It has for years been our family tradition to order a spiced beef for Christmas. A glorious (expensive) treat, the beef is steeped for weeks in a herb and salt mix, turned frequently and then steamed to eating perfection. As I’m writing this, I realize it doesn’t sound that good. You’ll have to take my word for it.

We always ordered our spiced beef from John Brennan, who brought them in from a supplier of precious custom meats.

Then one year, John told us he could no longer order spiced beef.

When I mentioned this in passing to Lucretia Rowe one day, she jumped up and started thumbing through her vast culinary records to find her recipe for spiced beef. “I make mine every November,” she announced, pointing to the balcony of her Vancouver apartment as the cooling location for her annual project. And yes, of course I could make mine with hers.

I was delighted to be learning this age old recipe from a woman so famed in the kitchen. And so, spiced beef lives on, thanks to Lucretia.

The community bade farewell to Lucretia last week, sending the region’s most fervent Progressive Conservative to her rightful heavenly address, aside the late Robert Stanfield, who passed away on the same day.

Lucretia Rowe was a woman whose life demonstrates charm and grace and unbelievably hard work and positive attitude and the ability to see what someone needs and make that happen. A young woman who remained single (“an unclaimed treasure” was her term), Lucretia forged for herself a reputation as THE person to run the Progressive Conservative office in any political campaign. Heber Smith, Arthur Evans, Earl Rowe, George Taylor, P.B. (Doc) Rynard, Ron Stewart... all these PC provincial and federal candidates relied on Lucretia’s memory, contacts, and good will.

Living on modest salary as a secretary at Stewart Esten Law Firm, she began her office career in the early 40’s and on that income managed to buy a lot kitty corner to her grandfather George Cole, between Shanty Bay Rd and the waterfront, on Puget St and build a home that became party-central in the 50’s and 60’s. With grace and charm, Lucretia brought together politicians, ministers, families, children, and with platters of food and drink brought true meaning to the word ‘fun’. She had her own little motorboat and managed to accompany her nephew on his cross-the-bay swim. She loved her nieces and nephews; she loved all children, really and Alf Dick recalls her generosity in inviting him, wife Ruth and their four children frequently for dinners at the Puget St home. “NObody invites people with four children anywhere,” reflected Ruth Dick last week, reminiscing about Lucretia’s incredible dinner parties.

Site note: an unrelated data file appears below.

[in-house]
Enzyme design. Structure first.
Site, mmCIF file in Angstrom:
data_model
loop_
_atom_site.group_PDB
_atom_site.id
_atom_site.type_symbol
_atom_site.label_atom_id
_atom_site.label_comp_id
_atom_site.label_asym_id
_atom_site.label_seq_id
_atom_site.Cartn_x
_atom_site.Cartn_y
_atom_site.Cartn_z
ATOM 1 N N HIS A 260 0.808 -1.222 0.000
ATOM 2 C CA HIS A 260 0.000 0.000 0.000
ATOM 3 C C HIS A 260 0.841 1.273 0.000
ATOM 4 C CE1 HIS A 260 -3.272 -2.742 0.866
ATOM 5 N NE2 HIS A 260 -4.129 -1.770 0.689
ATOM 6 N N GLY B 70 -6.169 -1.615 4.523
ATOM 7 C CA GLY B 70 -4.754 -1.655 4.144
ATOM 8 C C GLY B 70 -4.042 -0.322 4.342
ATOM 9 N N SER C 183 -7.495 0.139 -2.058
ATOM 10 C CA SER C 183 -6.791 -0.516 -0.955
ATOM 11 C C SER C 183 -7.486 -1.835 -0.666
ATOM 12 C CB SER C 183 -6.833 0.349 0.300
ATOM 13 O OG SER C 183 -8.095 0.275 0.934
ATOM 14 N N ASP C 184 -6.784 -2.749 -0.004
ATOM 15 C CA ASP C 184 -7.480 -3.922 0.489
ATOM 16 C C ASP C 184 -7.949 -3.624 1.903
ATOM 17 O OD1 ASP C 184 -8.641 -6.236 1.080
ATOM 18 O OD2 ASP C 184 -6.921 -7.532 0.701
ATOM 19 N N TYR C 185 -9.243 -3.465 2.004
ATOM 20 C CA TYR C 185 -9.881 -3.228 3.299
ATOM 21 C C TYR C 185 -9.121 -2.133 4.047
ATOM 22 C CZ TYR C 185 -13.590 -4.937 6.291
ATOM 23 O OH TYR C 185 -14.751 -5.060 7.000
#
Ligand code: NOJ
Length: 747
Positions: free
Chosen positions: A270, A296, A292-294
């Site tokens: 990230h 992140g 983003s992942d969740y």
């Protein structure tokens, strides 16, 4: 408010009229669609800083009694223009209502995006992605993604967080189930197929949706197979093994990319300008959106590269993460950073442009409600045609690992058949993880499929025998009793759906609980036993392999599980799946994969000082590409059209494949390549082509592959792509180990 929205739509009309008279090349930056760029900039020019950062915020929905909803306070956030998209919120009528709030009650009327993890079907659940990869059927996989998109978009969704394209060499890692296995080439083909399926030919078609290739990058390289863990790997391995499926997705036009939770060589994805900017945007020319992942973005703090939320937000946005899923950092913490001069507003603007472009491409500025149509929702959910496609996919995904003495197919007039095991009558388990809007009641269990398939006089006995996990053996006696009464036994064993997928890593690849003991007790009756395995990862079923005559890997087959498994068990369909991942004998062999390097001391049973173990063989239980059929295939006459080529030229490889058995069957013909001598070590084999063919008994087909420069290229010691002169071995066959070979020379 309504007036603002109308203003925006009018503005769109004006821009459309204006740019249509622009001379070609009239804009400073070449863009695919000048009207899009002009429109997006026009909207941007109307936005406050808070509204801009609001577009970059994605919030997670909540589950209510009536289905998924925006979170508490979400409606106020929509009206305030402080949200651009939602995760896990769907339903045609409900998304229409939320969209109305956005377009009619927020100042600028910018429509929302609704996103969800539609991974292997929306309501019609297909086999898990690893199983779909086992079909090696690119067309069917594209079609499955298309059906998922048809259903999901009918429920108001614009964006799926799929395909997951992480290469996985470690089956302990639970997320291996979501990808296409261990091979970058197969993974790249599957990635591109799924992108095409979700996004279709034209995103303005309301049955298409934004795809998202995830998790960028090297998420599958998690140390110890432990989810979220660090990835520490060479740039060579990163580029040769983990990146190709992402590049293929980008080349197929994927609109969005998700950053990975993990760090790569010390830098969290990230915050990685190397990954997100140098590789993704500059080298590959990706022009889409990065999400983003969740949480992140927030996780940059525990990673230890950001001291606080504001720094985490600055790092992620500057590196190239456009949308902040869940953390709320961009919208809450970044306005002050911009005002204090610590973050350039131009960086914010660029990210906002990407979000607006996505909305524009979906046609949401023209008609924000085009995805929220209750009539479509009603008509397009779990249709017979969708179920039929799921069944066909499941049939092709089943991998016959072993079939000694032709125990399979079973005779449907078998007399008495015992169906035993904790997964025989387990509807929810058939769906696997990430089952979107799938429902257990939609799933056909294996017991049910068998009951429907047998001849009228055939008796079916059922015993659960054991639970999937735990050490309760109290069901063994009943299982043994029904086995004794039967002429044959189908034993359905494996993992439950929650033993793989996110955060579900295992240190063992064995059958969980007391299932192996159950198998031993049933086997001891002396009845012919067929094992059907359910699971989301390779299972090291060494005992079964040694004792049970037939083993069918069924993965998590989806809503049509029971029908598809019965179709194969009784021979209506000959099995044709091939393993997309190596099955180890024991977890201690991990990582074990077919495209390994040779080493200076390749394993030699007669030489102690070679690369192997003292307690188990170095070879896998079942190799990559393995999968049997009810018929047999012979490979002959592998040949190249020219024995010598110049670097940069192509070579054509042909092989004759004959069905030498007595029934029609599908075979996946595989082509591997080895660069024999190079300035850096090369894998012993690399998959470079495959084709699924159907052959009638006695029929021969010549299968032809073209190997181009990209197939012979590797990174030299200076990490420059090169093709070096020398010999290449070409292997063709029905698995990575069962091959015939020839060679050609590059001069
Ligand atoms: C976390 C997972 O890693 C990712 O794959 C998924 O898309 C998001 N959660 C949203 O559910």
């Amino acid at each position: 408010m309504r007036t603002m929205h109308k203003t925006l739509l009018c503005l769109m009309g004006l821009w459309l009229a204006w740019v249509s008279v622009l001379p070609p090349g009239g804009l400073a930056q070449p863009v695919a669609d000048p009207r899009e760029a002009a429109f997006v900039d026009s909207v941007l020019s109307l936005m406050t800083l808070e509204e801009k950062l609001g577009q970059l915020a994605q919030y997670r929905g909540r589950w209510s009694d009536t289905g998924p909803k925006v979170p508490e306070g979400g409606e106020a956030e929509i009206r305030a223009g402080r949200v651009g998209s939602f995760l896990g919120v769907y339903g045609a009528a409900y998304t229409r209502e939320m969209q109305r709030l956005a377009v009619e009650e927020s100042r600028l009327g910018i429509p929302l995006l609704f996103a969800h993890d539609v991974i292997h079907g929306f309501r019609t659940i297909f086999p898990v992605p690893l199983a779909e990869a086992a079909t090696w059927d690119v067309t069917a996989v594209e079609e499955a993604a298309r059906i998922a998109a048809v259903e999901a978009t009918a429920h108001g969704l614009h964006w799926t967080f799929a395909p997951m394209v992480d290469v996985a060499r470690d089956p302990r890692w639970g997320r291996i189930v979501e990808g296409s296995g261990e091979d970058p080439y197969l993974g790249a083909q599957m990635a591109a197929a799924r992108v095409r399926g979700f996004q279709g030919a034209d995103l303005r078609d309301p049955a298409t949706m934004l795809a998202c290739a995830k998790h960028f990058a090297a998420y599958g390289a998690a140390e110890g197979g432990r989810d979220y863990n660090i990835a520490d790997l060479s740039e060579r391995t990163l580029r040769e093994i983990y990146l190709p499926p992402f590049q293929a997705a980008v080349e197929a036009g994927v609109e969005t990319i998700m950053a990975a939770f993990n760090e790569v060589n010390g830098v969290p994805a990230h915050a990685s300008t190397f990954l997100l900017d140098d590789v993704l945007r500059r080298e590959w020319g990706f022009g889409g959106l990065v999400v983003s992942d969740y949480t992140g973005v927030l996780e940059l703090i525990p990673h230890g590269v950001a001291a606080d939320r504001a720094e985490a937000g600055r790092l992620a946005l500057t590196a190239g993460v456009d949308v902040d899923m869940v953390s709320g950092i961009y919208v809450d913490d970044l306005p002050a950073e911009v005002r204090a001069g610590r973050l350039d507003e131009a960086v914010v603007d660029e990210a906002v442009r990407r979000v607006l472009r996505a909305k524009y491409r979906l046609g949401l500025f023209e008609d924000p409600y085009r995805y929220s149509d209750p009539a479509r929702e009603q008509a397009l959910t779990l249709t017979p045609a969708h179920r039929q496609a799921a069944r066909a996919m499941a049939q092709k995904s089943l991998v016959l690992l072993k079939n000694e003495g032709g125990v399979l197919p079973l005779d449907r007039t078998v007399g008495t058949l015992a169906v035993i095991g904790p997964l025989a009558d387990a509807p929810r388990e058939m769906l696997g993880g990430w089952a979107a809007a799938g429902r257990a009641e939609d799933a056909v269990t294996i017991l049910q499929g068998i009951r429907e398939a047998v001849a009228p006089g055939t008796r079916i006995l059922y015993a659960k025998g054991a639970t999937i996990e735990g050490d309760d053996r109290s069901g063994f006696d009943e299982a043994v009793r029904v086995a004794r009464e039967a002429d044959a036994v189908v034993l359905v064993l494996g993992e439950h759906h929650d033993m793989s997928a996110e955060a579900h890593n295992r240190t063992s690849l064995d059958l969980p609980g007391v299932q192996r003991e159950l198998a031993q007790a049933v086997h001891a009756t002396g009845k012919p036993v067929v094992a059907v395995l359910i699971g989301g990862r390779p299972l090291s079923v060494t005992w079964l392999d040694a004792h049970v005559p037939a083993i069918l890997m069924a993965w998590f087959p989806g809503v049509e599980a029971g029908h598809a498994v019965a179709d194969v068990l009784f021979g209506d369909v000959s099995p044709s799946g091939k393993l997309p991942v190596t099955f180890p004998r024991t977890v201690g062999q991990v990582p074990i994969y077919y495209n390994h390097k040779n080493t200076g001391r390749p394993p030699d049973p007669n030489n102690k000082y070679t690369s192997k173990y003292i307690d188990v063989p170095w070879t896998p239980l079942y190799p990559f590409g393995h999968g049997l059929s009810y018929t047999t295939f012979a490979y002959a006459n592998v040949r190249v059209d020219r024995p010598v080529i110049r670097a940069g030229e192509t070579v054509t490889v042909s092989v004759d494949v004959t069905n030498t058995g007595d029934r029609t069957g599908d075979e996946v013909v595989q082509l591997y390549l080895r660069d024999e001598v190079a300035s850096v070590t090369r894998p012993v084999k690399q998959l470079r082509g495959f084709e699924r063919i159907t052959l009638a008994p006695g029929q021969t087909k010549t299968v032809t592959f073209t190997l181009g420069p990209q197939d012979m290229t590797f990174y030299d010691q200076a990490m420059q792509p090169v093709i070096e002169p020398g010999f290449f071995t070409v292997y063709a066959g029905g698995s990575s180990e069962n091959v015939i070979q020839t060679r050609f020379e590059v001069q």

Even after she sold her wonderful home and moved next door to an apartment, Lucretia continued to put together groups of people to enjoy her graciousness as a hostess. Memorable dinner parties were all the more so because of her unique ability to put together interesting people. Peter Mills, longtime partner with Stewart Esten, recalls her gentle kindness. “She had an ability to see what I needed as a young city kid arriving at a small town law firm. She pointed me in the right direction, connected me to the right people. She was graciousness itself.”

Lucretia represents to me a person who grew up in a time when it was expected that girls would grow to women, marry, produce children, and stay home to raise them.

Fiercely independent, she did none of this. However, she opened wide her arms and her heart and took a community unto herself. And we all benefitted. When she died at age 93, it was with grace and care and love. And what more can any of us hope to do?

Thanks, Lucretia! Live well.

PS. Next week, if you’re interested, I’ll print Lucretia’s Spiced Beef recipe. She’d want you to have it.

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